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How this bill proposed by Doug Collins aims to help newspapers
09292017 THE TIMES

U.S. Rep. Doug Collins, R-Gainesville, has introduced a bill that would allow news organizations to negotiate with large online platforms like Google or Facebook about how their content is used on those sites.

Collins, the ranking member of the House Judiciary Committee, is sponsoring the Journalism Competition and Preservation Act along with U.S. Rep. David Cicilline, D-Rhode Island. Cicilline first introduced the legislation last year.

The legislation would allow news organizations a four-year exemption from antitrust laws to collectively negotiate with Google and Facebook about how their content is used. The goal is to give local news organizations an opportunity to work with platforms that distribute their content and have more control over how news content spreads online.

“The antitrust laws prevent newspapers from combining together to form a partnership in which they can actually use their bargaining power so they can get better pricing or so they can gain better placement for the ads and the marketing dollar that is going now to digital platforms,” Collins said.

Collins said the bill aims to help news organizations weather the effects of an increasingly digital news landscape.

“We know that as technology changes, people are getting their news sources from other areas. That’s a part of growth,” Collins said. “At the same point in time, we also don’t want to leave behind what I believe is a valuable part of our community’s ecosystem, and that is local news and the local paper. We believe this is something that reinforces that.”

The Pew Research Center reported in March that 15% of U.S. adults prefer to get their local news through social media, while 23% prefer news websites or apps and 41% would rather watch TV. In the past year, just under a quarter of readers came to the site via social media, while 34% came via search traffic with Google.

The bill has gained support from news associations who say it would help level the playing field between news content creators and online platforms.

“Facebook and Google love us for our local content. But they are not contributing to the cost of gathering our intensely local and interesting news, and publishers do not receive any compensation when our material travels out over these mega-giant networks,” Andrew Johnson, president of the National Newspaper Association, said in a statement. “This bill would give newspapers the ability to work as an industry for fairness in the digital environment.”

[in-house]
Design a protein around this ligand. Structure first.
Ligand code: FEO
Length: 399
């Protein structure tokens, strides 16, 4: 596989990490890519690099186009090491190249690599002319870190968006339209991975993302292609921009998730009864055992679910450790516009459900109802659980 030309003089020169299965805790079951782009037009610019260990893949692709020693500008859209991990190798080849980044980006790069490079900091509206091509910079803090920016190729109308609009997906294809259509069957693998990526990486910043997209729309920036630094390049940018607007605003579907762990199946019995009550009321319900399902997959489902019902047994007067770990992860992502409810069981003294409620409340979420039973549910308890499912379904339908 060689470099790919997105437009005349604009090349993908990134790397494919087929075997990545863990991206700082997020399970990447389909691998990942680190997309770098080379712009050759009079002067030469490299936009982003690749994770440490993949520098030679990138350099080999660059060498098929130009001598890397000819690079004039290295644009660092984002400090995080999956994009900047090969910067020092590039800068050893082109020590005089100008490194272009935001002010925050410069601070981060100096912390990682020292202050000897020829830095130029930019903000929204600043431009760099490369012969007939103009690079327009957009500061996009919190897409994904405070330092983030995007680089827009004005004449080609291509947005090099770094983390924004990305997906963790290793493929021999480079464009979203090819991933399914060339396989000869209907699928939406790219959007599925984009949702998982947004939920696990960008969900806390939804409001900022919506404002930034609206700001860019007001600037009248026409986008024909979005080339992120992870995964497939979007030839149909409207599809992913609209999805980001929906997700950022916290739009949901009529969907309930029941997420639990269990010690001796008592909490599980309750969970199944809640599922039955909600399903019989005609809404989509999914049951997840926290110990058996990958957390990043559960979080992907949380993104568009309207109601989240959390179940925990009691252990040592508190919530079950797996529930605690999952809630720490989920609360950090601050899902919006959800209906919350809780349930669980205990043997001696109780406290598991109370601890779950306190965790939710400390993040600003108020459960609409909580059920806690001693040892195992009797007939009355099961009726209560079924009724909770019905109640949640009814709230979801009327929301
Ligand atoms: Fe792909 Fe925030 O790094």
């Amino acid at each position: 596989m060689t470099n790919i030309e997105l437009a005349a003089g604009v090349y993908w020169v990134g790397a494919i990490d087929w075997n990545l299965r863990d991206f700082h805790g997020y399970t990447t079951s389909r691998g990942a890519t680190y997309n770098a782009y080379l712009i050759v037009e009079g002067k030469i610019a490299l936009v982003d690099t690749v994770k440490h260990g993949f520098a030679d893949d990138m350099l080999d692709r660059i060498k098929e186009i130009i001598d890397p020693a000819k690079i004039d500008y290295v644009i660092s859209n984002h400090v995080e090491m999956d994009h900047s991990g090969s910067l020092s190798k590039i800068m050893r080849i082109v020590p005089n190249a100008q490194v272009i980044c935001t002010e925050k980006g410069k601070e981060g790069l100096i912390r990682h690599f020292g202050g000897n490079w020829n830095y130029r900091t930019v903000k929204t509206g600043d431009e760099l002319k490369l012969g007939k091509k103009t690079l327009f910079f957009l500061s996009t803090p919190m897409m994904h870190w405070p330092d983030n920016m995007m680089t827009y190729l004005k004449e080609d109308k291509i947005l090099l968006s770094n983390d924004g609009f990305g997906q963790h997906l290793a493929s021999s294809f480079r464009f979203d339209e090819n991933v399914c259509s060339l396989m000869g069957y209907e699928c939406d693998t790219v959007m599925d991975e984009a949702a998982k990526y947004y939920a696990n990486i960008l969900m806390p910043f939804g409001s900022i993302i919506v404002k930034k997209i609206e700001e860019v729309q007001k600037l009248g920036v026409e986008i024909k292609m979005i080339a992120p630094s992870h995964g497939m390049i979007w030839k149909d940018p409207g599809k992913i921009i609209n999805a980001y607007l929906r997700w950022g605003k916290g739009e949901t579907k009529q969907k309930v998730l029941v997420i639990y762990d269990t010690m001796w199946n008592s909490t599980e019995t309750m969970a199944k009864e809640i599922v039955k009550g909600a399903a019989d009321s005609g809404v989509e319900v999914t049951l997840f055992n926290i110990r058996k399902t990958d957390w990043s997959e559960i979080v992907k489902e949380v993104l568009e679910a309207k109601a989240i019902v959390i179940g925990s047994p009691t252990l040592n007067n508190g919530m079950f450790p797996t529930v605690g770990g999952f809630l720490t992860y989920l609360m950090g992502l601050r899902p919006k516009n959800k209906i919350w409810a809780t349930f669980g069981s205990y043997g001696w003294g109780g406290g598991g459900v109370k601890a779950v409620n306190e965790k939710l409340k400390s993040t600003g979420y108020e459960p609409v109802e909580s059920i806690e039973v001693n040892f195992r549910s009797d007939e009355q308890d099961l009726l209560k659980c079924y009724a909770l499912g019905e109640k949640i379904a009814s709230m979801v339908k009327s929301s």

According to the News Media Alliance, Facebook and Google are capturing 90 percent of all digital advertising revenue growth and about 60 percent of total U.S. digital advertising.

“We look forward to news publishers having some relief from the platforms that currently regulate who receives our content and how much we are paid,” David Chavern, president and CEO of the News Media Alliance, said in a statement. “Fair compensation for use of news content will allow news publishers to continue to reinvest in quality journalism.”

Collins said that while larger news outlets may see some benefits, the legislation’s goal is to help local news producers bargain with online platforms.

“The big outlets already have a bargaining power that’s a little bit better than say, a local or regional paper,” he said. “Your New York Times, your Washington Post, your Wall Street Journal, they all have a much bigger footprint in that arena.”

He said news organizations have also suffered as advertisers look to online platforms rather than advertising with the local newspaper.

“When people don’t buy your paper or go to your website, and they’re taking news that you wrote and looking at it in another platform or accessing it from that, then the incentive for the advertiser goes down,” Collins said. “… Everyone suffers. We’ll see less reporters, we’ll see less revenue and as we’ve seen all over the country, we’ve seen newspapers close.”

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